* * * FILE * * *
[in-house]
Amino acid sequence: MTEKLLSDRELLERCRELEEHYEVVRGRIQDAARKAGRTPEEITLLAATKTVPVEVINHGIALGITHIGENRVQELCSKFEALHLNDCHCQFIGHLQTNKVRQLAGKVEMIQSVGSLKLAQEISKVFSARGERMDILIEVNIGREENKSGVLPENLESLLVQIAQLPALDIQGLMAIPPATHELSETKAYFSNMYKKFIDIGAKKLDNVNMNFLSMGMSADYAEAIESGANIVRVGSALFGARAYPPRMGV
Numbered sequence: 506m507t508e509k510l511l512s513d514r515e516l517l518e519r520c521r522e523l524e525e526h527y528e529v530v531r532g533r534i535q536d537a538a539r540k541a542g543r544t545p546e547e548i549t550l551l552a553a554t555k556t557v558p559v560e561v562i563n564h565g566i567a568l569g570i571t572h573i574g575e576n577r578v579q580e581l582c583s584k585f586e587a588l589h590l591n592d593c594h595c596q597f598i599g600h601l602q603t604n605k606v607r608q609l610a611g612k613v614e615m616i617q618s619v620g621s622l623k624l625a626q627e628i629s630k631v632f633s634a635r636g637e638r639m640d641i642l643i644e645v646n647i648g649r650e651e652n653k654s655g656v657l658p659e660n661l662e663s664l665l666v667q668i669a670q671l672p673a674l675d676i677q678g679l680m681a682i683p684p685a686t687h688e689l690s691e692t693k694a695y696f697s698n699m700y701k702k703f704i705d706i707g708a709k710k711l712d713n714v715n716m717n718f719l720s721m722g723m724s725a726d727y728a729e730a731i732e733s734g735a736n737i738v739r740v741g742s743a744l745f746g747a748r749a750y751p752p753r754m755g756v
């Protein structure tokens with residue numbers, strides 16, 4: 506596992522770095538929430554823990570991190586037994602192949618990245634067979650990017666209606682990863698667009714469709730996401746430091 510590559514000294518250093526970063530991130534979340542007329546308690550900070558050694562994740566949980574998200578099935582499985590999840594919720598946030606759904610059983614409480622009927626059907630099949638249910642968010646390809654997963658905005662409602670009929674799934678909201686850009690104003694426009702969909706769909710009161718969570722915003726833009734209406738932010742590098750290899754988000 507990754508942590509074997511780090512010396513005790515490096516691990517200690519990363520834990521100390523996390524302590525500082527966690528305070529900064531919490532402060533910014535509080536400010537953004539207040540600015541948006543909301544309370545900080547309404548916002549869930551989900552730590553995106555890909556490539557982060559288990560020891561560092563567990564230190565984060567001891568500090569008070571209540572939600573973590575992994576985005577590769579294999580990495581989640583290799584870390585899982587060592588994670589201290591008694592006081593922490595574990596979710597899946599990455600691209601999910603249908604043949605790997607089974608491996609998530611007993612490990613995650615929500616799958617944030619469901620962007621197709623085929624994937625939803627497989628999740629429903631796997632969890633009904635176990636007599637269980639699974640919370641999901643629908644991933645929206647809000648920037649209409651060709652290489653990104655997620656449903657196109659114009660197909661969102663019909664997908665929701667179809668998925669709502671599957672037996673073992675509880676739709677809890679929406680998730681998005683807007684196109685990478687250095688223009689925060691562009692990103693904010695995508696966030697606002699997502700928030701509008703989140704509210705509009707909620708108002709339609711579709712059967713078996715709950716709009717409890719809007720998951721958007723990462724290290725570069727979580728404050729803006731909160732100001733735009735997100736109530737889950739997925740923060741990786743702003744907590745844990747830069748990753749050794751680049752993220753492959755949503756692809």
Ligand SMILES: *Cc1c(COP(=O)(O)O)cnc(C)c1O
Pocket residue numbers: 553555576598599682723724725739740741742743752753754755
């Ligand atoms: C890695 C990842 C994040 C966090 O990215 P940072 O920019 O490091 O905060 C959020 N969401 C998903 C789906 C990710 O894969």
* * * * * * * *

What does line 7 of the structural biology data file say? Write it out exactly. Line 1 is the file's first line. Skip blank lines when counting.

């Ligand atoms: C890695 C990842 C994040 C966090 O990215 P940072 O920019 O490091 O905060 C959020 N969401 C998903 C789906 C990710 O894969």